Sometimes big problems get solved and we hardly recognize that has happened. Consider the problem of providing voice communications to all the people of the planet. Fifty years ago, that was a big problem, as “half the world’s people had never made a phone call.”
These days, the availability of networks supporting that use case is nearly ubiquitous. According to GSMA figures, voice access is virtually complete. “No network available” is rarely a barrier to communications usage.
Looking at mobile internet access, we are close to 100-percent coverage as well. Only about five percent of people cannot access the internet using a mobile network. Something in excess of 55 percent of people now connect to the internet using their mobile devices.
Less than 40 percent of people do not yet use the mobile internet. It still can be argued that mobile internet does not offer the speeds of fixed networks, and that the cost per bit on a mobile network is higher than on a fixed network.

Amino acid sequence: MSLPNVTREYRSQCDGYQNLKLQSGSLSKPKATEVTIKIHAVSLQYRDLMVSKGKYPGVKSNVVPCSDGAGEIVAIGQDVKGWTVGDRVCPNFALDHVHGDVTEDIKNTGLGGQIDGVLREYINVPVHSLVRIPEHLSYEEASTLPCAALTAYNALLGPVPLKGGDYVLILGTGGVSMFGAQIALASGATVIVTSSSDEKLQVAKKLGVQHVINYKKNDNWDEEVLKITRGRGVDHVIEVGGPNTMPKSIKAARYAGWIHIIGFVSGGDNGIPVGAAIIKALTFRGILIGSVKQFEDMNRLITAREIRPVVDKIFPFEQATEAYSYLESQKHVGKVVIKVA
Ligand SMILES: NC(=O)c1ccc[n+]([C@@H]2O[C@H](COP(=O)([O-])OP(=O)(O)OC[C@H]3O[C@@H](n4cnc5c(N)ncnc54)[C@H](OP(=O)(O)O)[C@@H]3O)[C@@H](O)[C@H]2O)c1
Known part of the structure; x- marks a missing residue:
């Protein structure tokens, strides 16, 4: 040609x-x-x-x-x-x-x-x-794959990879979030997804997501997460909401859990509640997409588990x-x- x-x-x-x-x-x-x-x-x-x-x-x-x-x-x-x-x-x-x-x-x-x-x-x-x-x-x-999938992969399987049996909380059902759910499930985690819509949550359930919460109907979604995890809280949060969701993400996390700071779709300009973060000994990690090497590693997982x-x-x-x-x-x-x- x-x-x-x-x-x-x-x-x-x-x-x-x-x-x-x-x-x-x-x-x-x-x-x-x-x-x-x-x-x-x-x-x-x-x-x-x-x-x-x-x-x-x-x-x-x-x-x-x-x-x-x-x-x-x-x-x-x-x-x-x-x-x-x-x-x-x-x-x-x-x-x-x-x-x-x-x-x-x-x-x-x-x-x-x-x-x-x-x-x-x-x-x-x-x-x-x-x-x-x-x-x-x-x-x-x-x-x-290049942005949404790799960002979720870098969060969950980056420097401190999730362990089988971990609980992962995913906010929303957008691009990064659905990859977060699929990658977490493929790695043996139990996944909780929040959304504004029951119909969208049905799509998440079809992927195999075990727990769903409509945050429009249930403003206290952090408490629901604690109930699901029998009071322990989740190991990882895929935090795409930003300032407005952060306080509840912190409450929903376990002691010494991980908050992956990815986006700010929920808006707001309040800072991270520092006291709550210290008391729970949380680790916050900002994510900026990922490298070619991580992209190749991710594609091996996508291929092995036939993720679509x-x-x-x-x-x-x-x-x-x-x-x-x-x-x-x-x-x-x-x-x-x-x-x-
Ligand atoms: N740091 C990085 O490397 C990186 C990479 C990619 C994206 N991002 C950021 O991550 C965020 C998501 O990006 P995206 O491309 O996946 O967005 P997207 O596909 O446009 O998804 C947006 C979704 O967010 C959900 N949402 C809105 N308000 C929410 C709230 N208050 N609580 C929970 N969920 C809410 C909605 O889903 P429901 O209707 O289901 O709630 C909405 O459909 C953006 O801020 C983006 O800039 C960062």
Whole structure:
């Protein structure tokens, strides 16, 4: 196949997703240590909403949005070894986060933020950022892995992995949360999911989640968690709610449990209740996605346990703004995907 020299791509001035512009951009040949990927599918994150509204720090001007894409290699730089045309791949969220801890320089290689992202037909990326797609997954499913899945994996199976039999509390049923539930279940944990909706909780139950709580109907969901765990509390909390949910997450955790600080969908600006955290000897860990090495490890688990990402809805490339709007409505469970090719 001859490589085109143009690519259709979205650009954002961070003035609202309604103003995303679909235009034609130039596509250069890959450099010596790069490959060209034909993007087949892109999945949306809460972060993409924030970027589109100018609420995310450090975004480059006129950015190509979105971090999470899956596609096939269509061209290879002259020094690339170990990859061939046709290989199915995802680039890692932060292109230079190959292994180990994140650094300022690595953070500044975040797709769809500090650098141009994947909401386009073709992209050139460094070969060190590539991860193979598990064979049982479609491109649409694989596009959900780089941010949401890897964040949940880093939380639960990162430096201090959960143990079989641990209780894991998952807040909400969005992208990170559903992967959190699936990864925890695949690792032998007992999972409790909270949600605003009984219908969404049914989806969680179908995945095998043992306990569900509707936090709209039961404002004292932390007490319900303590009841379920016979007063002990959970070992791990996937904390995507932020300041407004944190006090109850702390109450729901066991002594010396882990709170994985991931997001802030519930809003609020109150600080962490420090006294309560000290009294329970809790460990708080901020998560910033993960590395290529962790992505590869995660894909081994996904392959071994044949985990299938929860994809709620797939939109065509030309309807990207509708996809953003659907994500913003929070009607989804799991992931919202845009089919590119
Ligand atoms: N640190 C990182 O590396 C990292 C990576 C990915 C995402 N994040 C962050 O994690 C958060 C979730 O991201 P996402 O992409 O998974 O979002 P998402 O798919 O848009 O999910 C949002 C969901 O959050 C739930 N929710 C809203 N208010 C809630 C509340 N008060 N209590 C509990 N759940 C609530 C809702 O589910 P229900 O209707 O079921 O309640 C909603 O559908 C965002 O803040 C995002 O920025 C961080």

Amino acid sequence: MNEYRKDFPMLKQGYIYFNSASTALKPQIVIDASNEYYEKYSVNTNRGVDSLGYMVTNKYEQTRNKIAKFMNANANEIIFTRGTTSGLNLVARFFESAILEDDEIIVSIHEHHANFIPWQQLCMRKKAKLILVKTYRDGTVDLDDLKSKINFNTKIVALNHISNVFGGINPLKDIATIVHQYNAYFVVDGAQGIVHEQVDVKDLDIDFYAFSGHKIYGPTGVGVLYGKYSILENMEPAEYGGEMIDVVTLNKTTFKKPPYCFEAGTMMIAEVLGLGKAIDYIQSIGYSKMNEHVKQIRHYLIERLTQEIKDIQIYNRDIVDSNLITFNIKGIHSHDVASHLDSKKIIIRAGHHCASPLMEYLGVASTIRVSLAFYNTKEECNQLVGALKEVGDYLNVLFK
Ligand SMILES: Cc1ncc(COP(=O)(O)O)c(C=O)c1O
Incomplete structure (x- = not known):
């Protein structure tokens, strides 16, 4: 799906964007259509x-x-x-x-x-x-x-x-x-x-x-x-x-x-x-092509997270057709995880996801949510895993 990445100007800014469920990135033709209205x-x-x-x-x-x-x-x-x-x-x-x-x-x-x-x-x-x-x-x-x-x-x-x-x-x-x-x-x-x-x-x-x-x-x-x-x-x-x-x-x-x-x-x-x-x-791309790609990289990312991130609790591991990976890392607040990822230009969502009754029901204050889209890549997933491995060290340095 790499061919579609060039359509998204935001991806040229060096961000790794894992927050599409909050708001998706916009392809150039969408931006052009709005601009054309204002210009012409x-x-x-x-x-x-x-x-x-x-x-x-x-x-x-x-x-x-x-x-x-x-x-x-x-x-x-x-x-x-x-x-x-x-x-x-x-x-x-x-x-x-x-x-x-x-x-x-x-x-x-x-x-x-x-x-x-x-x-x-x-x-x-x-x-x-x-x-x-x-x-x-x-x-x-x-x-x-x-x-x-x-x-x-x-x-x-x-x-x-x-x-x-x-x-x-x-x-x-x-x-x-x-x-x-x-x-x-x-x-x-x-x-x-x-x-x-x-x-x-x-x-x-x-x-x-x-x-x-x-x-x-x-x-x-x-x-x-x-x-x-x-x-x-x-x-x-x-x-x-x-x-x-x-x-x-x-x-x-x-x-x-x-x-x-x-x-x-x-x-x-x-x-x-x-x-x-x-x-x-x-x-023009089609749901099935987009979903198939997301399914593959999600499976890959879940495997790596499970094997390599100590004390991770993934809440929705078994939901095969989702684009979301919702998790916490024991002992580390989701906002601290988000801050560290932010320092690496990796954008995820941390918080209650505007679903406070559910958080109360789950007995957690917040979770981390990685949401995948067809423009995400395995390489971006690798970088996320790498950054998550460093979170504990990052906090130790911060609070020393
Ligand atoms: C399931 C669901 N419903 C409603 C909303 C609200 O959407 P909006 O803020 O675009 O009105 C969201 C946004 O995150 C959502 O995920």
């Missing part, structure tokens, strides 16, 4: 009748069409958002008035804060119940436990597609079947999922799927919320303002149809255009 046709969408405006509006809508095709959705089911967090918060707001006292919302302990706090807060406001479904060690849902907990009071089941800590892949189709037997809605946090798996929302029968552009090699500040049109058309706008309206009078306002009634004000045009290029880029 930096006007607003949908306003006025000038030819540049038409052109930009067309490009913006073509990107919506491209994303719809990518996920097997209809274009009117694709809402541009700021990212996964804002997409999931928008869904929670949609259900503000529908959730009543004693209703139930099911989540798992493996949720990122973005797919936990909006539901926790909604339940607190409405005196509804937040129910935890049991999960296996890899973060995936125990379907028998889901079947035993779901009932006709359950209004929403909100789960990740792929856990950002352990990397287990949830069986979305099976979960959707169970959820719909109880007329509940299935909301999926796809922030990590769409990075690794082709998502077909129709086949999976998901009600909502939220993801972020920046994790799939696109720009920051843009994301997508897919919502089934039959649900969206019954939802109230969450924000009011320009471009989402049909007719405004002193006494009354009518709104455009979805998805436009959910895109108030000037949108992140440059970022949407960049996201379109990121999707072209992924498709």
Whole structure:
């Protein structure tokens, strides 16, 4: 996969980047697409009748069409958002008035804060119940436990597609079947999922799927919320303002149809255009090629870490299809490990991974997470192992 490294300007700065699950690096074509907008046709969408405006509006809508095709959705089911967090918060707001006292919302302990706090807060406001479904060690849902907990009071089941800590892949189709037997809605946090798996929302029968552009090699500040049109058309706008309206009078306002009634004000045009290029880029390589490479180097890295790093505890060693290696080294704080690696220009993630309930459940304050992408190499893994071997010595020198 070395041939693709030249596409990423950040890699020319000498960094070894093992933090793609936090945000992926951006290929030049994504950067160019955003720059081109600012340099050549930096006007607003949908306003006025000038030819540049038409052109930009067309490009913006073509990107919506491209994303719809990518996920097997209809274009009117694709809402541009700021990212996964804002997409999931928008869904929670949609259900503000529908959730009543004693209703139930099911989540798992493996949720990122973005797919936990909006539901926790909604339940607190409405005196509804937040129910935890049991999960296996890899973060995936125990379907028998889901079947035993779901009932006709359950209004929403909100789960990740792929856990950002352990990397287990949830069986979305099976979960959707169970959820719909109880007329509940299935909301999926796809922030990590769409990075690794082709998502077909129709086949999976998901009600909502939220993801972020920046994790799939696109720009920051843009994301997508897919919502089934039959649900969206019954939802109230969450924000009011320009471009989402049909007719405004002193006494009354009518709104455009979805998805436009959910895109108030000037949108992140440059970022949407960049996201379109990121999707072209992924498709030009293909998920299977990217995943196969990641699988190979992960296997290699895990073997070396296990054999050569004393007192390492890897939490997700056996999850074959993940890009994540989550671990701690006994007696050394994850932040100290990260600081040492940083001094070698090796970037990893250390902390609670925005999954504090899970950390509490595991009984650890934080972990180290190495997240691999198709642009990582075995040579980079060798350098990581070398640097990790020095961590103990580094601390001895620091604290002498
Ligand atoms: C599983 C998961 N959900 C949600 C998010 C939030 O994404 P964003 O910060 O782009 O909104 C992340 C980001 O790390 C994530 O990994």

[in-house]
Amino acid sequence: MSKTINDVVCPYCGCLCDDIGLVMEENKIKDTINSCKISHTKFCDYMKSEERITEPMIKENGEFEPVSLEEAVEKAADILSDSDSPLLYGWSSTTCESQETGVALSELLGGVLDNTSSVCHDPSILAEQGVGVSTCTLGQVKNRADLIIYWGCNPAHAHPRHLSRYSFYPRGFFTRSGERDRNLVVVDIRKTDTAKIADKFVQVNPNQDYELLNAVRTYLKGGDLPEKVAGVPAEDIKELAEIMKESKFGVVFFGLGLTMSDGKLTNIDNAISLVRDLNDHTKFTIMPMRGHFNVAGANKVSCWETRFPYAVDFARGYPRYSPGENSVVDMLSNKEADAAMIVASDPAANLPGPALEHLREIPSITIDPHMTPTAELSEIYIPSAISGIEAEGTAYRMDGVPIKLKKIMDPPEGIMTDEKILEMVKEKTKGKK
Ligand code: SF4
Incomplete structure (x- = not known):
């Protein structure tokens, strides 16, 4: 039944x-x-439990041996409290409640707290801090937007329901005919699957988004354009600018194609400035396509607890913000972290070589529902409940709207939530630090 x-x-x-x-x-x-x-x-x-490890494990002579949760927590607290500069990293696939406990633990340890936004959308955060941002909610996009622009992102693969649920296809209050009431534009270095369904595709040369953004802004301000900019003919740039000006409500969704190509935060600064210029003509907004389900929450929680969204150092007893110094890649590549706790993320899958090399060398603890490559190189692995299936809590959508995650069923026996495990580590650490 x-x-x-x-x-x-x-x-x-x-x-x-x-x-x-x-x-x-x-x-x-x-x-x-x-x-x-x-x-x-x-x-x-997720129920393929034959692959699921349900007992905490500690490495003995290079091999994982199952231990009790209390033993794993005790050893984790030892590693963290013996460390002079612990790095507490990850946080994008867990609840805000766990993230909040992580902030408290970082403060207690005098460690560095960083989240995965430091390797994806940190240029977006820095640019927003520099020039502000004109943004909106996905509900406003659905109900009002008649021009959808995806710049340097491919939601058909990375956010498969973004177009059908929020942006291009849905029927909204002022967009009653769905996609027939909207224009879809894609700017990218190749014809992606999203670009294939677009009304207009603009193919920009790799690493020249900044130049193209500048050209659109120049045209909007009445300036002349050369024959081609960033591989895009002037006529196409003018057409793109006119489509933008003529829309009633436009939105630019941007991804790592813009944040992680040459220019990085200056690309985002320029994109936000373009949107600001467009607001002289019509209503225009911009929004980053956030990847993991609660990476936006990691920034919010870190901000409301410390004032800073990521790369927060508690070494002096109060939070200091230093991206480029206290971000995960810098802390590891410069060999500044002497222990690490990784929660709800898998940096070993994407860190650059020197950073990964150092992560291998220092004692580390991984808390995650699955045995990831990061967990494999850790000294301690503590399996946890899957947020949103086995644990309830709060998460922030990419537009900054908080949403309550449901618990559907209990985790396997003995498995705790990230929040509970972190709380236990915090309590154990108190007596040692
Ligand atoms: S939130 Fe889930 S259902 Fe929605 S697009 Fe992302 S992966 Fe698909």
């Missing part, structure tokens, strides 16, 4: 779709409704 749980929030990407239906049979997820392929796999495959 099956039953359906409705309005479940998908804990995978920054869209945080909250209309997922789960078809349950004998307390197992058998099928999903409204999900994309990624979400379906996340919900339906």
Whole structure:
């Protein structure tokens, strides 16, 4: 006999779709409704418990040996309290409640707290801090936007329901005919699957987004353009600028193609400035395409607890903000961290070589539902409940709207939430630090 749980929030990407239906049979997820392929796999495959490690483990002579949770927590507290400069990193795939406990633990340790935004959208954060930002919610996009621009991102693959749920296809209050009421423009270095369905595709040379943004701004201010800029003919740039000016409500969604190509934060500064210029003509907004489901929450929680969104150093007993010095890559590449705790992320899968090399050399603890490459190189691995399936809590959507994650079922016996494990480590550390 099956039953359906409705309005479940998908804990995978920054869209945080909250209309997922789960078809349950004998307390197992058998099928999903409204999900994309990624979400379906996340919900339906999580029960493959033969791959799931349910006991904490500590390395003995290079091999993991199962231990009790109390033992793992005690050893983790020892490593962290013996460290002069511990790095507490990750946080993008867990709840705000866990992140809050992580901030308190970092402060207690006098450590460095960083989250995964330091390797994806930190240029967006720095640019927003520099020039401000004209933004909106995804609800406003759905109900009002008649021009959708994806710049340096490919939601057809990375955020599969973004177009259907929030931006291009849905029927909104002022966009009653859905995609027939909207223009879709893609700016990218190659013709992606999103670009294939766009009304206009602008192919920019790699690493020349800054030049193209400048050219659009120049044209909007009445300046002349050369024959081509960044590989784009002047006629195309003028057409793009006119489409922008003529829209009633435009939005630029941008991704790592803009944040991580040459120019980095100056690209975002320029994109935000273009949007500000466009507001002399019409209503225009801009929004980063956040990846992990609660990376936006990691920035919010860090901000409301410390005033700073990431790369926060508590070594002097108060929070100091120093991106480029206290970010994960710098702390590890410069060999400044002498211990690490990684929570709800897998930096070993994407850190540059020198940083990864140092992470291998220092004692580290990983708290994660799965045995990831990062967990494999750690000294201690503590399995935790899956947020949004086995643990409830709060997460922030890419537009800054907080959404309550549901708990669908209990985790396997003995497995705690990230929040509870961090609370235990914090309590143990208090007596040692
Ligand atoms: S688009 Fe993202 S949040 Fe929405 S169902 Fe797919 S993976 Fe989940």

Still, it remains true that for most people on earth, mobile networks are the way they use the internet. That trend has been in place for a decade or more. While home broadband subscriptions using fixed networks continue to grow slowly, mobile broadband is growing much faster. In 2021, mobile internet subscriptions outnumbered fixed connections almost seven to one.
So while there still are performance gaps between mobile and fixed networks, the “people cannot communicate or use the internet” problem that so perplexed policymakers fifty years ago now is largely solved. Performance and cost need to improve, and will keep improving. But “access” per se is no longer a major problem. Instead, the issue is the “quality” and “cost” of connecting.